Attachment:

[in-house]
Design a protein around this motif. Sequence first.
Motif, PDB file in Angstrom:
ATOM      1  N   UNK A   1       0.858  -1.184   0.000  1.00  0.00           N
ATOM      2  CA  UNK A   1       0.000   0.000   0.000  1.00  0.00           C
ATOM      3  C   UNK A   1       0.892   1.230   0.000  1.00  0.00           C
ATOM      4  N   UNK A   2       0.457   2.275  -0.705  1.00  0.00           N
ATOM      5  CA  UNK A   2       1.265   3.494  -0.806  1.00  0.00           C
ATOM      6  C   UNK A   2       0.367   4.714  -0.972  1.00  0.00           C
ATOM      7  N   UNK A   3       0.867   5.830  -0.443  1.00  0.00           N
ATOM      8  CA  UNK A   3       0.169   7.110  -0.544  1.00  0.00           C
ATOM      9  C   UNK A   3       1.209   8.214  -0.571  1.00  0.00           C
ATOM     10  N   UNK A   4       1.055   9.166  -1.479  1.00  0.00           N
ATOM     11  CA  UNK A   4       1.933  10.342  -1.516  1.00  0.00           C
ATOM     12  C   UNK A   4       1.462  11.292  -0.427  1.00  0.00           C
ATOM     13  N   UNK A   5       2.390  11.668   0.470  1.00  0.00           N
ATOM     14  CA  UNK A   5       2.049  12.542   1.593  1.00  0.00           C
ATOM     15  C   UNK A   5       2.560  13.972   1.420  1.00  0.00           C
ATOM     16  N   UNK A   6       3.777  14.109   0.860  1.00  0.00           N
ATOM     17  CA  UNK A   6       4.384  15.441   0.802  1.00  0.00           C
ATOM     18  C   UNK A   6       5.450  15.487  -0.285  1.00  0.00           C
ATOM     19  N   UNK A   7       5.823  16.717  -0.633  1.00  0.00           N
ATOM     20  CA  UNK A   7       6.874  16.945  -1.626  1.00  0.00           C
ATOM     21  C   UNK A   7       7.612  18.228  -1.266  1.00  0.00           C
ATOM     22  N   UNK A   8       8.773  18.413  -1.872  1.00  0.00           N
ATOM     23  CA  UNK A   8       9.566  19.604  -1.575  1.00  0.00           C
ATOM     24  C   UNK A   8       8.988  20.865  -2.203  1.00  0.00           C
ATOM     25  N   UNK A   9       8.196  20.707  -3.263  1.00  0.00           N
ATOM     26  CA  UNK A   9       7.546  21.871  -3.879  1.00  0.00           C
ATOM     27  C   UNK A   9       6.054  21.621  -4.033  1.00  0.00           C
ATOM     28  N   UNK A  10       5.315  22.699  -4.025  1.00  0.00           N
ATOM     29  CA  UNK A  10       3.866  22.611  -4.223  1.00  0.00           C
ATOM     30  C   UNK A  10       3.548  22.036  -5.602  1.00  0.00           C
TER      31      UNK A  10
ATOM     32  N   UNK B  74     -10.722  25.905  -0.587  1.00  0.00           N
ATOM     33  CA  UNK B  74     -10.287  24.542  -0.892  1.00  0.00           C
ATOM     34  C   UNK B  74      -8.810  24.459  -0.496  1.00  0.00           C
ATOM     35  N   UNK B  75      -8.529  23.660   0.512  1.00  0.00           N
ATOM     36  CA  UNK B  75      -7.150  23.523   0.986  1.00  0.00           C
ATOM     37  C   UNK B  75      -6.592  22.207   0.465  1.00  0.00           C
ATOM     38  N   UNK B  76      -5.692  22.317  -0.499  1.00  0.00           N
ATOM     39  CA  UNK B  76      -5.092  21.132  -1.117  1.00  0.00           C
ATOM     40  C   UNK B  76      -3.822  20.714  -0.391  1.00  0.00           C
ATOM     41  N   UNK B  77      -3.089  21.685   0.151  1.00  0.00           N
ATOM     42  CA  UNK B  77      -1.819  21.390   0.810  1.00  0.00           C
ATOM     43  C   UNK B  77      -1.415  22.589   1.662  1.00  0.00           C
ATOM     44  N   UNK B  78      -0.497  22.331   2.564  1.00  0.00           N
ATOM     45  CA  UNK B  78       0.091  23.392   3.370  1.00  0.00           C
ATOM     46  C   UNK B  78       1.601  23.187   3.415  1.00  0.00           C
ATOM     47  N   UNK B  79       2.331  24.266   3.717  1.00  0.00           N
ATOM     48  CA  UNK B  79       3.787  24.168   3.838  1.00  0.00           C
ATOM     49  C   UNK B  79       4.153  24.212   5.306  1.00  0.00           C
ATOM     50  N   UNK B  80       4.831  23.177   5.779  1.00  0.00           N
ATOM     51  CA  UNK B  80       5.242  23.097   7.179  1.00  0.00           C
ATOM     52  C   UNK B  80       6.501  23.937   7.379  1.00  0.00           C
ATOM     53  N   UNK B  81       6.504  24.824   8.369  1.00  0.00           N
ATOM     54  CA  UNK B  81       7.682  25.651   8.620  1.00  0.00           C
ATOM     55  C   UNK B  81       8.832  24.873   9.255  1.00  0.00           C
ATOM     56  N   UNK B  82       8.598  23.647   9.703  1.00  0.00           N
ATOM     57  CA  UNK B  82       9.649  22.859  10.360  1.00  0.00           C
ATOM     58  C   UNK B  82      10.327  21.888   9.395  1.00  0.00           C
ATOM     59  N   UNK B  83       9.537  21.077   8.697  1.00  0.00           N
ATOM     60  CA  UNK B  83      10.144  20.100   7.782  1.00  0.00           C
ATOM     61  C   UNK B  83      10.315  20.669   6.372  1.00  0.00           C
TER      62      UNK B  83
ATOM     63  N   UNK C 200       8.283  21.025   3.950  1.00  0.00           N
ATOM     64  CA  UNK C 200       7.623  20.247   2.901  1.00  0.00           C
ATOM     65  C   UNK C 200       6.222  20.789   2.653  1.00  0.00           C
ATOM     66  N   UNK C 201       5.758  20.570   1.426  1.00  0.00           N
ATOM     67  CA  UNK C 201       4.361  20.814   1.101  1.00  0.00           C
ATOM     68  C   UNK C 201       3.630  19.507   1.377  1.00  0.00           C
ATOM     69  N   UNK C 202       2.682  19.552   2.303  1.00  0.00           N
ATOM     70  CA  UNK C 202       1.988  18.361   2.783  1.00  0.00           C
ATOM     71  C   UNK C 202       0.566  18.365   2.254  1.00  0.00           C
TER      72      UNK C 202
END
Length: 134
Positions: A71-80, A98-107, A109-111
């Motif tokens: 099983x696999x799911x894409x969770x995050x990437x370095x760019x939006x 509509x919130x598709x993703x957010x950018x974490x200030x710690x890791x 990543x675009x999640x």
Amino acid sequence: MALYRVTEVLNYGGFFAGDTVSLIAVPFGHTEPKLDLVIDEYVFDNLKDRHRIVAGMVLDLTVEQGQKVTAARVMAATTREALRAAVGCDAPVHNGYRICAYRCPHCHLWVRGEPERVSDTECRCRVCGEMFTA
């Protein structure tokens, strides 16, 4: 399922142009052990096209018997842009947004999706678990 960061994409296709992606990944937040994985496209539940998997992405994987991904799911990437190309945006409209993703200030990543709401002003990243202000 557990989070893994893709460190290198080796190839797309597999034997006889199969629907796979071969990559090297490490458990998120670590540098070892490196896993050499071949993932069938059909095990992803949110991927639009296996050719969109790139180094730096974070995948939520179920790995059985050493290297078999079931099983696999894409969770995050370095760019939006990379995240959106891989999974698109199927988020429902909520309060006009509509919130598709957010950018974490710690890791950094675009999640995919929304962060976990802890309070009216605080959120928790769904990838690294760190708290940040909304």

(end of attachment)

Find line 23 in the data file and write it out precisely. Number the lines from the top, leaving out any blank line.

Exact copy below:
ATOM     20  CA  UNK A   7       6.874  16.945  -1.626  1.00  0.00           C